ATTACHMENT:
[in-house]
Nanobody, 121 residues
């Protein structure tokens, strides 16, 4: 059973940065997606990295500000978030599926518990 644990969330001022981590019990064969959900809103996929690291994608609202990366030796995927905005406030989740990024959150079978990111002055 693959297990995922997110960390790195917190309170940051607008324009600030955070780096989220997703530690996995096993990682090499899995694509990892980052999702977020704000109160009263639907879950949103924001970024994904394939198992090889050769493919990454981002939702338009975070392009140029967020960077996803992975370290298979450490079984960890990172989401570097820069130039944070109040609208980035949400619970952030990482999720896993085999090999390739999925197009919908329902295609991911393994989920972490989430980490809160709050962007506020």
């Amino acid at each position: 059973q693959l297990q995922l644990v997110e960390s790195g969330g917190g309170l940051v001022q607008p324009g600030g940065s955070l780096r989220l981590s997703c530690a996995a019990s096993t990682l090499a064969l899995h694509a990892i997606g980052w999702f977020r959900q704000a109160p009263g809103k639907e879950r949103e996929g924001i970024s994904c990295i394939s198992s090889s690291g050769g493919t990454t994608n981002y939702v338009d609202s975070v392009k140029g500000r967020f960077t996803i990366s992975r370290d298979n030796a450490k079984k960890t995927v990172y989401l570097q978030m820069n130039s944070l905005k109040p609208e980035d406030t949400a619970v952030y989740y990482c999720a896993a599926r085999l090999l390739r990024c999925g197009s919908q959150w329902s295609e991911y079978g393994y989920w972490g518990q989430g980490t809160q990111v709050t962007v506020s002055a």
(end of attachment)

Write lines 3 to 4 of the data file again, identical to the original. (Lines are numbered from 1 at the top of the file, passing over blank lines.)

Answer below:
């Protein structure tokens, strides 16, 4: 059973940065997606990295500000978030599926518990 644990969330001022981590019990064969959900809103996929690291994608609202990366030796995927905005406030989740990024959150079978990111002055 693959297990995922997110960390790195917190309170940051607008324009600030955070780096989220997703530690996995096993990682090499899995694509990892980052999702977020704000109160009263639907879950949103924001970024994904394939198992090889050769493919990454981002939702338009975070392009140029967020960077996803992975370290298979450490079984960890990172989401570097820069130039944070109040609208980035949400619970952030990482999720896993085999090999390739999925197009919908329902295609991911393994989920972490989430980490809160709050962007506020």
């Amino acid at each position: 059973q693959l297990q995922l644990v997110e960390s790195g969330g917190g309170l940051v001022q607008p324009g600030g940065s955070l780096r989220l981590s997703c530690a996995a019990s096993t990682l090499a064969l899995h694509a990892i997606g980052w999702f977020r959900q704000a109160p009263g809103k639907e879950r949103e996929g924001i970024s994904c990295i394939s198992s090889s690291g050769g493919t990454t994608n981002y939702v338009d609202s975070v392009k140029g500000r967020f960077t996803i990366s992975r370290d298979n030796a450490k079984k960890t995927v990172y989401l570097q978030m820069n130039s944070l905005k109040p609208e980035d406030t949400a619970v952030y989740y990482c999720a896993a599926r085999l090999l390739r990024c999925g197009s919908q959150w329902s295609e991911y079978g393994y989920w972490g518990q989430g980490t809160q990111v709050t962007v506020s002055a």